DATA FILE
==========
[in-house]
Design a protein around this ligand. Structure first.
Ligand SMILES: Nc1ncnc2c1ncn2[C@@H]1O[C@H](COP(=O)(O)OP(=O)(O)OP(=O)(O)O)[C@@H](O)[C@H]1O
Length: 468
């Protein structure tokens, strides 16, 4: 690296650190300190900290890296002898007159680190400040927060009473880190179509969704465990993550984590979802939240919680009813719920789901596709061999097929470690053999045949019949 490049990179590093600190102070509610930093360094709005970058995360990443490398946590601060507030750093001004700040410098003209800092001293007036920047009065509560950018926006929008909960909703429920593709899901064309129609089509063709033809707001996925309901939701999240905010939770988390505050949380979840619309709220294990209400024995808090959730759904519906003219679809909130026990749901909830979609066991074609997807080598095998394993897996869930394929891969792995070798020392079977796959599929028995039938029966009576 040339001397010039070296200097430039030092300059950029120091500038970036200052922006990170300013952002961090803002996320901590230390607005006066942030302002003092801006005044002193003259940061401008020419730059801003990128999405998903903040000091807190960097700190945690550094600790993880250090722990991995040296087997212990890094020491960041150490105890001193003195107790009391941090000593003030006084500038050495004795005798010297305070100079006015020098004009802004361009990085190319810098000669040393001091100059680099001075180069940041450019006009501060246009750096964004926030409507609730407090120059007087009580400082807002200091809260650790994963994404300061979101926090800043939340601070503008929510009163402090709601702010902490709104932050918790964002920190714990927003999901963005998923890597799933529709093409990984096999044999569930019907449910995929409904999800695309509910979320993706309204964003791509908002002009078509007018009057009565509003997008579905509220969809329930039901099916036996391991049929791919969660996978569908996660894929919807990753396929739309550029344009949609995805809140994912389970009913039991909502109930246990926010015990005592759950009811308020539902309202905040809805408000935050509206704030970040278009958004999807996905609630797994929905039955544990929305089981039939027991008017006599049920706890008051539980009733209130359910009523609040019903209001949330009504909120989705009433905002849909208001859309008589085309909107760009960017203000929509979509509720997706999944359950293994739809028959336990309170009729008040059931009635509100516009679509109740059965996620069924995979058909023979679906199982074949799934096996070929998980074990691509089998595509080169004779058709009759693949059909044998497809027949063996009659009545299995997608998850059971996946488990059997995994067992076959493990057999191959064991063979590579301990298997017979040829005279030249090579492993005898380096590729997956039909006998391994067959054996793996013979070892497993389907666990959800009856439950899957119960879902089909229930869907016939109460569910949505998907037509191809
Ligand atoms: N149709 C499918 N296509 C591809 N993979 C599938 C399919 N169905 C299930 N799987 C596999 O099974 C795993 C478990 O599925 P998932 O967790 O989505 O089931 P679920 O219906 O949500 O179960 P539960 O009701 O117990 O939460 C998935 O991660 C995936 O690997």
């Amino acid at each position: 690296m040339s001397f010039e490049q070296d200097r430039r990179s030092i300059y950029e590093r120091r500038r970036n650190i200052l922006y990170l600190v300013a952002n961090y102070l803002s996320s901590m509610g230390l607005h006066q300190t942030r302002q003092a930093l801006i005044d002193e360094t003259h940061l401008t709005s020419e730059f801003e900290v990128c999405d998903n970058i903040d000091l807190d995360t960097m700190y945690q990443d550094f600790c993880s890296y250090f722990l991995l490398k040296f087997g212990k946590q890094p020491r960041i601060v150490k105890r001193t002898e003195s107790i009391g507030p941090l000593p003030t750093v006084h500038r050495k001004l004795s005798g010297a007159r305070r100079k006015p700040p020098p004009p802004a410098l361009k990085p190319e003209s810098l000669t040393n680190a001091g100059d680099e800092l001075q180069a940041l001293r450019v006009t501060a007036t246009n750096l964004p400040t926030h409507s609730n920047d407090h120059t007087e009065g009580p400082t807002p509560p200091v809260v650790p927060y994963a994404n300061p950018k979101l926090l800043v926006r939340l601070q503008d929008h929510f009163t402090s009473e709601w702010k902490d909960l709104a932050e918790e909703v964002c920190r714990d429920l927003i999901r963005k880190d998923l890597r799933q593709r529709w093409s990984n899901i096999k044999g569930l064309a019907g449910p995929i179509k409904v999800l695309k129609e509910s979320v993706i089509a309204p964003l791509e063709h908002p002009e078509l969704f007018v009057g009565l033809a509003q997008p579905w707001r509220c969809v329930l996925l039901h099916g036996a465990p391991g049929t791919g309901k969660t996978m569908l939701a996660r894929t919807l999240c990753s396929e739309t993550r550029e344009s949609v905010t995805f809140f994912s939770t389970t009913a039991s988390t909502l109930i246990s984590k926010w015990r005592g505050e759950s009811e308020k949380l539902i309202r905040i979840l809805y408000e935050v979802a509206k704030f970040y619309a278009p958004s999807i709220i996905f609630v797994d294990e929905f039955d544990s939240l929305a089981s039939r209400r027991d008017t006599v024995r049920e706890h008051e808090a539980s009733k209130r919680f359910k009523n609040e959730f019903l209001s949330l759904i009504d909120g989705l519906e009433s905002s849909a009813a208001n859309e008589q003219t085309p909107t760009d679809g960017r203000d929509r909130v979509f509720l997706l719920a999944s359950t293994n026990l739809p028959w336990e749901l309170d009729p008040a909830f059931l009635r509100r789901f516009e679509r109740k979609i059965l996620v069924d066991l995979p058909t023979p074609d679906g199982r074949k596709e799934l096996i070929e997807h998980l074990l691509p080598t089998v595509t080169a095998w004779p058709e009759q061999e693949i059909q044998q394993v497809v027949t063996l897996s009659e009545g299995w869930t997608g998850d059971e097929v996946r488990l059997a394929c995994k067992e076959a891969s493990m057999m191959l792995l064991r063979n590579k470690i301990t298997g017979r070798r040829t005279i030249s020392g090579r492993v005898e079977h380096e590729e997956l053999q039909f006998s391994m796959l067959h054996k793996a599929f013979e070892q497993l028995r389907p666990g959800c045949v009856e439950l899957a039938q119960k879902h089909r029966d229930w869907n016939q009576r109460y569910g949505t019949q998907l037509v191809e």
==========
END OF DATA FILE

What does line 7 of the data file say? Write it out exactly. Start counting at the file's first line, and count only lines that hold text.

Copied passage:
């Amino acid at each position: 690296m040339s001397f010039e490049q070296d200097r430039r990179s030092i300059y950029e590093r120091r500038r970036n650190i200052l922006y990170l600190v300013a952002n961090y102070l803002s996320s901590m509610g230390l607005h006066q300190t942030r302002q003092a930093l801006i005044d002193e360094t003259h940061l401008t709005s020419e730059f801003e900290v990128c999405d998903n970058i903040d000091l807190d995360t960097m700190y945690q990443d550094f600790c993880s890296y250090f722990l991995l490398k040296f087997g212990k946590q890094p020491r960041i601060v150490k105890r001193t002898e003195s107790i009391g507030p941090l000593p003030t750093v006084h500038r050495k001004l004795s005798g010297a007159r305070r100079k006015p700040p020098p004009p802004a410098l361009k990085p190319e003209s810098l000669t040393n680190a001091g100059d680099e800092l001075q180069a940041l001293r450019v006009t501060a007036t246009n750096l964004p400040t926030h409507s609730n920047d407090h120059t007087e009065g009580p400082t807002p509560p200091v809260v650790p927060y994963a994404n300061p950018k979101l926090l800043v926006r939340l601070q503008d929008h929510f009163t402090s009473e709601w702010k902490d909960l709104a932050e918790e909703v964002c920190r714990d429920l927003i999901r963005k880190d998923l890597r799933q593709r529709w093409s990984n899901i096999k044999g569930l064309a019907g449910p995929i179509k409904v999800l695309k129609e509910s979320v993706i089509a309204p964003l791509e063709h908002p002009e078509l969704f007018v009057g009565l033809a509003q997008p579905w707001r509220c969809v329930l996925l039901h099916g036996a465990p391991g049929t791919g309901k969660t996978m569908l939701a996660r894929t919807l999240c990753s396929e739309t993550r550029e344009s949609v905010t995805f809140f994912s939770t389970t009913a039991s988390t909502l109930i246990s984590k926010w015990r005592g505050e759950s009811e308020k949380l539902i309202r905040i979840l809805y408000e935050v979802a509206k704030f970040y619309a278009p958004s999807i709220i996905f609630v797994d294990e929905f039955d544990s939240l929305a089981s039939r209400r027991d008017t006599v024995r049920e706890h008051e808090a539980s009733k209130r919680f359910k009523n609040e959730f019903l209001s949330l759904i009504d909120g989705l519906e009433s905002s849909a009813a208001n859309e008589q003219t085309p909107t760009d679809g960017r203000d929509r909130v979509f509720l997706l719920a999944s359950t293994n026990l739809p028959w336990e749901l309170d009729p008040a909830f059931l009635r509100r789901f516009e679509r109740k979609i059965l996620v069924d066991l995979p058909t023979p074609d679906g199982r074949k596709e799934l096996i070929e997807h998980l074990l691509p080598t089998v595509t080169a095998w004779p058709e009759q061999e693949i059909q044998q394993v497809v027949t063996l897996s009659e009545g299995w869930t997608g998850d059971e097929v996946r488990l059997a394929c995994k067992e076959a891969s493990m057999m191959l792995l064991r063979n590579k470690i301990t298997g017979r070798r040829t005279i030249s020392g090579r492993v005898e079977h380096e590729e997956l053999q039909f006998s391994m796959l067959h054996k793996a599929f013979e070892q497993l028995r389907p666990g959800c045949v009856e439950l899957a039938q119960k879902h089909r029966d229930w869907n016939q009576r109460y569910g949505t019949q998907l037509v191809e």